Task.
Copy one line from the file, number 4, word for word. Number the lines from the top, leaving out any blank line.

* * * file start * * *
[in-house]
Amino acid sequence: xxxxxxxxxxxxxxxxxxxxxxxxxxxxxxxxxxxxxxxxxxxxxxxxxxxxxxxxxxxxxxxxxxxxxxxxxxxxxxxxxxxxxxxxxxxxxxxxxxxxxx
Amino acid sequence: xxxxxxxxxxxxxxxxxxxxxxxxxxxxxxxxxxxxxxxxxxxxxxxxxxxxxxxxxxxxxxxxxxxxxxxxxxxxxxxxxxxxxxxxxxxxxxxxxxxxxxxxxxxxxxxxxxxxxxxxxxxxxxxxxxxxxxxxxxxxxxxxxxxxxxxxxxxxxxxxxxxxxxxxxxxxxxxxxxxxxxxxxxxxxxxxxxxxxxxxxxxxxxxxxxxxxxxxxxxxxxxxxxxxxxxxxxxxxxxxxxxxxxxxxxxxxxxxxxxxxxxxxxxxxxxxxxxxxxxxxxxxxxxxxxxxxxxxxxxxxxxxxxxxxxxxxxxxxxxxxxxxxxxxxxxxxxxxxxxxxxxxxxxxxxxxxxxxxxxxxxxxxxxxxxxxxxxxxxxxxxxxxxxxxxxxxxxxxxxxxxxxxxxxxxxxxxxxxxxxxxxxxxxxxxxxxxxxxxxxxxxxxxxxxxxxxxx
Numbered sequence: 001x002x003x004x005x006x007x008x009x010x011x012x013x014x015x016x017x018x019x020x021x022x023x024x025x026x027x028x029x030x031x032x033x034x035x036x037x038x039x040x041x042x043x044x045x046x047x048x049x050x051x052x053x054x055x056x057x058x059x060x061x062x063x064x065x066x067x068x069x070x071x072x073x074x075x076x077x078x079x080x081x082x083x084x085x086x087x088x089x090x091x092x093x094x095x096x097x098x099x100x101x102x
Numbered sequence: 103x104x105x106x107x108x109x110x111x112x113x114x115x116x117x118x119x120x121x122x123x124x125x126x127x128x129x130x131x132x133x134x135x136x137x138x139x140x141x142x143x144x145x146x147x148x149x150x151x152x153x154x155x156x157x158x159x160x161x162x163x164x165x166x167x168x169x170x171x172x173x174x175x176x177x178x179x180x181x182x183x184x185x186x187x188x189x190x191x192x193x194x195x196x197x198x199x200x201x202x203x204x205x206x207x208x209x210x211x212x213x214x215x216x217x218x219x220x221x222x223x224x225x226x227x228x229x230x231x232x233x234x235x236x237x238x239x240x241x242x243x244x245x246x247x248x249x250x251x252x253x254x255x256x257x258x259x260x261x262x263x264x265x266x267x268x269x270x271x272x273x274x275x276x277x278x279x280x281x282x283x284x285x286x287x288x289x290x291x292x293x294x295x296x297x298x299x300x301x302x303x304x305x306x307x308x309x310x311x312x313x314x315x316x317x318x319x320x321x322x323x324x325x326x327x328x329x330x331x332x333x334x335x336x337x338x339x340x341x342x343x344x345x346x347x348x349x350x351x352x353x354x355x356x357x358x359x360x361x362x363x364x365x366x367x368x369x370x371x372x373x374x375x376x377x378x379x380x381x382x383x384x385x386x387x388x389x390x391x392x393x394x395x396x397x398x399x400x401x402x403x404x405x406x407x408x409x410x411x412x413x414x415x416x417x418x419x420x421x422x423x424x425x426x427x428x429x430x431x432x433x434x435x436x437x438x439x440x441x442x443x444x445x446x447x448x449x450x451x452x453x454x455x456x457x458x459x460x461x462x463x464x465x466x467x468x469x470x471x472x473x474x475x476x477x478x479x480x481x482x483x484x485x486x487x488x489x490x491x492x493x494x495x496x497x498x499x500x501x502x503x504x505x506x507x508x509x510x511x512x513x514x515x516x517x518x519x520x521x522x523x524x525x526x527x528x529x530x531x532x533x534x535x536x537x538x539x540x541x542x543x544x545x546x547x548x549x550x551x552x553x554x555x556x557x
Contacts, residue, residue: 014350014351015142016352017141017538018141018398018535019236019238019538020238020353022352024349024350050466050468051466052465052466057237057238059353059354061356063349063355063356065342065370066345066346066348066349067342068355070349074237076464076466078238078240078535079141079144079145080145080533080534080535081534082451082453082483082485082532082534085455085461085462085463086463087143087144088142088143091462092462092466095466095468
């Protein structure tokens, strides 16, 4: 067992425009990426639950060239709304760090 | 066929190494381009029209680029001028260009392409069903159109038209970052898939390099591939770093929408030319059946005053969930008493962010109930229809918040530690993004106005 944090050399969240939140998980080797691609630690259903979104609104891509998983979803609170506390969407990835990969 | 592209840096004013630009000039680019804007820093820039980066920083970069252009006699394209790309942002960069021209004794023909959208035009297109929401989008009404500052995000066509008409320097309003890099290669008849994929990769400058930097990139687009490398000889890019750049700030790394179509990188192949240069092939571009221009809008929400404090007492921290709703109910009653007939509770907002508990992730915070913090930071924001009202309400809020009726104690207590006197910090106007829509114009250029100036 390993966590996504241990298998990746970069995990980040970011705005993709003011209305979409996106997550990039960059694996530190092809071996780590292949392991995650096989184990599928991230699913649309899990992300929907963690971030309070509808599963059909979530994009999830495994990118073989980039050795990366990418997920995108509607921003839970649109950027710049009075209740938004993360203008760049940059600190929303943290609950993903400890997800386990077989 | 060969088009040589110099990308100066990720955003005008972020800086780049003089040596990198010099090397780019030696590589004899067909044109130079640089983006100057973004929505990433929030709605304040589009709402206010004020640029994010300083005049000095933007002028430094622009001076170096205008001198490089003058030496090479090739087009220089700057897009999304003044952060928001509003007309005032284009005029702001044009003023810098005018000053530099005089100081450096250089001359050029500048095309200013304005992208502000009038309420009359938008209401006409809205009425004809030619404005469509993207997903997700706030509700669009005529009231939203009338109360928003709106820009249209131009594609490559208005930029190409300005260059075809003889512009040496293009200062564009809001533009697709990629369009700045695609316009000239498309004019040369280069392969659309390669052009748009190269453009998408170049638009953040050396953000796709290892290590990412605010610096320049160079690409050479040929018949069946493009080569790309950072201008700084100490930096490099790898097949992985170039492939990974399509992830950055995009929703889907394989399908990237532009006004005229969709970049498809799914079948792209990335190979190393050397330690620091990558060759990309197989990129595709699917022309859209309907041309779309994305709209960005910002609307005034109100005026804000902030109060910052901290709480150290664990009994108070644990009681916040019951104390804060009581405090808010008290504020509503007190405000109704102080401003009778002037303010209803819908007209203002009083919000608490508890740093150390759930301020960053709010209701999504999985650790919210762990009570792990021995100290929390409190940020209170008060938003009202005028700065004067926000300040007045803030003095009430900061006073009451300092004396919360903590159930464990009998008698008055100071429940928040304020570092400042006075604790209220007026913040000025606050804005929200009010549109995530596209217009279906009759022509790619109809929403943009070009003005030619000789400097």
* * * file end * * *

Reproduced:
Numbered sequence: 001x002x003x004x005x006x007x008x009x010x011x012x013x014x015x016x017x018x019x020x021x022x023x024x025x026x027x028x029x030x031x032x033x034x035x036x037x038x039x040x041x042x043x044x045x046x047x048x049x050x051x052x053x054x055x056x057x058x059x060x061x062x063x064x065x066x067x068x069x070x071x072x073x074x075x076x077x078x079x080x081x082x083x084x085x086x087x088x089x090x091x092x093x094x095x096x097x098x099x100x101x102x